Epidural steroid injections can be used alone to provide pain relief or given as part of a rehabilitation program to help the patient perform his/her exercises with less discomfort. Relief from a single injection typically lasts from one week up to one year. These injections can also be of diagnostic value to determine the cause and severity of pain and develop an appropriate treatment plan.
epidural blood patch
An epidural blood patch is an injection of your own blood into the epidural space, which surrounds the spinal cord. It is done for patients experiencing severe headaches after receiving a spinal injection. These headaches occur as a result of spinal fluid leaking into the epidural space. An epidural blood patch stops the leak, making the headache go away.
An epidural blood patch only requires local anesthetic, although sedation is an option for anxious patients. During the procedure, you will be lying down on your stomach. The skin on your back, as well as the skin surrounding one of your veins, is cleaned with an antiseptic solution. Then, a small intravenous catheter is inserted into your vein. Once the needle has been properly positioned over the epidural space, your doctor will draw about 20-25cc of blood from your vein and inject it into the epidural space. While an epidural blood patch only takes a few minutes to perform, you will remain at our office for about an hour and a half; this includes consulting with your doctor before the procedure and recovery room observation afterwards.
medial branch blocks
A medial branch block is a minimally-invasive procedure to diagnose and treat neck or back pain. This procedure can determine whether a facet joint-which connects the bones of your spine, providing support as you move-is the source of your pain. Next to the facet joints are the medial branch nerves, which transmit pain signals from these joints to your brain.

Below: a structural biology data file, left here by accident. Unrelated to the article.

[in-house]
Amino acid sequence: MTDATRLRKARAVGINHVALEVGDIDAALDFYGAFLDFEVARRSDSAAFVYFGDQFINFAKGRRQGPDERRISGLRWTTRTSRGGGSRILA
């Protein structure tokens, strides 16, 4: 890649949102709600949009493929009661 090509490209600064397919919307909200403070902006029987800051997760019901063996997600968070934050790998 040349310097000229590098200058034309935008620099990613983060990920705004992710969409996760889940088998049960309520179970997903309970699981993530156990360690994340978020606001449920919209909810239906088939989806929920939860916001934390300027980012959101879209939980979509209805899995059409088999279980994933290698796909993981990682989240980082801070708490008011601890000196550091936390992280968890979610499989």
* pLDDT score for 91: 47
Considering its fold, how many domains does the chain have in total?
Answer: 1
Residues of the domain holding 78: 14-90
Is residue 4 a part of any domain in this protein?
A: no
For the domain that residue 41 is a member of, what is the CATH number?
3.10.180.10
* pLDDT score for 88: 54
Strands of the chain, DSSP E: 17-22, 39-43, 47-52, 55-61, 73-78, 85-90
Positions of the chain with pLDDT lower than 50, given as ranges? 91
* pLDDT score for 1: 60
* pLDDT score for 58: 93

Before undergoing a medial branch block, you will be given intravenous medication to help you relax. With the assistance of imaging technologies, a small needle will be inserted near your medial branch nerve. Once it is situated properly, an anesthetic will be injected through it.
The effectiveness of a medial branch block varies depending on your individual condition. Patients whose pain returns after a short period of time may require a different form of treatment if it is confirmed that the facet joint is not the source of the pain.
We offer cutting edge care the Vertiflex Procedure for the treatment of moderate lumbar spinal stenosis. The Vertiflex Procedure uses a small implant (the Superion® Indirect Decompression System) that is placed inside the spine to help prevent reduction of the space when standing or walking. This provides relief by lifting pressure off the nerves to alleviate leg and back pain symptoms that often accompany the condition. Developed with patient safety and comfort in mind, this FDA-approved, outpatient treatment aims to give those with lumbar spinal stenosis the freedom to get on with their daily lives, as it offers a significant reduction in symptoms and improves physical function.The Vertiflex is a minimally invasive stand-alone interspinous process decompression (IPD) procedure. IPD involves implanting a device (or spacer), such as the Superion®, between the spinous processes, which are the thin, bony projections on the back of the spine.
The Superion® device is made of titanium alloy.Once the Superion® device is implanted it creates more space for your spinal cord and nerves in your spinal column without removing any bone (as in a traditional laminectomy) and with less trauma to your muscles and ligaments.The other added benefits are that it helps to preserve some spinal motion (unlike spinal fusion that permanently limits movement), there is less blood loss, and there is reduced risk for infection.
MILD® is an early treatment option to consider when conservative therapies (e.g., physical therapy, pain medication, chiropractic) are not providing adequate relief. The mild® Procedure addresses a major root cause of LSS by removing excess ligament tissue to restore space in the spinal canal. The mild® Procedure typically takes less than an hour and can be performed through a single, tiny incision smaller than the size of a baby aspirin (5.1 mm).